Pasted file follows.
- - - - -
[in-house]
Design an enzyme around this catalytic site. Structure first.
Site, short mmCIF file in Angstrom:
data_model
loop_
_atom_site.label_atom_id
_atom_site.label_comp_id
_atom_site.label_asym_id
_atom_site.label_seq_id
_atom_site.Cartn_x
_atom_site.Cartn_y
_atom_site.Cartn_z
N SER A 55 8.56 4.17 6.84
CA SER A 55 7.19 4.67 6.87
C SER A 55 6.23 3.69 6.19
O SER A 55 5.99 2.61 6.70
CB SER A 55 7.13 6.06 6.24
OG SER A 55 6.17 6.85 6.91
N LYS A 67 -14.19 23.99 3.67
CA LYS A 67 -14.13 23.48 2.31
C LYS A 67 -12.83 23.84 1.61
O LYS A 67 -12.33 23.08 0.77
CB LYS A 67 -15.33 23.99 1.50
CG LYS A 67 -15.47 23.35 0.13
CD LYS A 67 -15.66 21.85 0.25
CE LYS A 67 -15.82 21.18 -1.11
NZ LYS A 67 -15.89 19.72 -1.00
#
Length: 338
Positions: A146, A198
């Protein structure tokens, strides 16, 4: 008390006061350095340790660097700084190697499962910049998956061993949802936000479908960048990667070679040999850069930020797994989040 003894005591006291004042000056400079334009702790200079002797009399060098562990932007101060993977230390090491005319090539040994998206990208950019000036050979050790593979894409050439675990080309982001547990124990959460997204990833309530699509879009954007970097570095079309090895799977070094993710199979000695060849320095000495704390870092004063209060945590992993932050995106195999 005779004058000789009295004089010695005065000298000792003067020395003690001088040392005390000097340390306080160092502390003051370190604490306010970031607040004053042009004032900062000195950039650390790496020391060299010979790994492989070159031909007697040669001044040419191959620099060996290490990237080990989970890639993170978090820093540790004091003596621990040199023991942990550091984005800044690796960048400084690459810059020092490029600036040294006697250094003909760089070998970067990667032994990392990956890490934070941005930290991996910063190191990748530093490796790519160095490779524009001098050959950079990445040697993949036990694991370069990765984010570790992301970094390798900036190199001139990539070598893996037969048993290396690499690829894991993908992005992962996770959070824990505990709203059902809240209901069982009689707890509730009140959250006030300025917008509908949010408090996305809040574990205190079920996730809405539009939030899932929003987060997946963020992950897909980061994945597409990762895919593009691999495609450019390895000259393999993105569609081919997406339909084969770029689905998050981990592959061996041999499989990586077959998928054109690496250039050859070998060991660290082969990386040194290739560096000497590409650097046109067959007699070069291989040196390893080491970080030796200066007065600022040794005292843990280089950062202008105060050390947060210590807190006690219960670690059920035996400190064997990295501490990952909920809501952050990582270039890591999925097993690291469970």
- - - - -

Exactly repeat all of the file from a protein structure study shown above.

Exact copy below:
[in-house]
Design an enzyme around this catalytic site. Structure first.
Site, short mmCIF file in Angstrom:
data_model
loop_
_atom_site.label_atom_id
_atom_site.label_comp_id
_atom_site.label_asym_id
_atom_site.label_seq_id
_atom_site.Cartn_x
_atom_site.Cartn_y
_atom_site.Cartn_z
N SER A 55 8.56 4.17 6.84
CA SER A 55 7.19 4.67 6.87
C SER A 55 6.23 3.69 6.19
O SER A 55 5.99 2.61 6.70
CB SER A 55 7.13 6.06 6.24
OG SER A 55 6.17 6.85 6.91
N LYS A 67 -14.19 23.99 3.67
CA LYS A 67 -14.13 23.48 2.31
C LYS A 67 -12.83 23.84 1.61
O LYS A 67 -12.33 23.08 0.77
CB LYS A 67 -15.33 23.99 1.50
CG LYS A 67 -15.47 23.35 0.13
CD LYS A 67 -15.66 21.85 0.25
CE LYS A 67 -15.82 21.18 -1.11
NZ LYS A 67 -15.89 19.72 -1.00
#
Length: 338
Positions: A146, A198
């Protein structure tokens, strides 16, 4: 008390006061350095340790660097700084190697499962910049998956061993949802936000479908960048990667070679040999850069930020797994989040 003894005591006291004042000056400079334009702790200079002797009399060098562990932007101060993977230390090491005319090539040994998206990208950019000036050979050790593979894409050439675990080309982001547990124990959460997204990833309530699509879009954007970097570095079309090895799977070094993710199979000695060849320095000495704390870092004063209060945590992993932050995106195999 005779004058000789009295004089010695005065000298000792003067020395003690001088040392005390000097340390306080160092502390003051370190604490306010970031607040004053042009004032900062000195950039650390790496020391060299010979790994492989070159031909007697040669001044040419191959620099060996290490990237080990989970890639993170978090820093540790004091003596621990040199023991942990550091984005800044690796960048400084690459810059020092490029600036040294006697250094003909760089070998970067990667032994990392990956890490934070941005930290991996910063190191990748530093490796790519160095490779524009001098050959950079990445040697993949036990694991370069990765984010570790992301970094390798900036190199001139990539070598893996037969048993290396690499690829894991993908992005992962996770959070824990505990709203059902809240209901069982009689707890509730009140959250006030300025917008509908949010408090996305809040574990205190079920996730809405539009939030899932929003987060997946963020992950897909980061994945597409990762895919593009691999495609450019390895000259393999993105569609081919997406339909084969770029689905998050981990592959061996041999499989990586077959998928054109690496250039050859070998060991660290082969990386040194290739560096000497590409650097046109067959007699070069291989040196390893080491970080030796200066007065600022040794005292843990280089950062202008105060050390947060210590807190006690219960670690059920035996400190064997990295501490990952909920809501952050990582270039890591999925097993690291469970």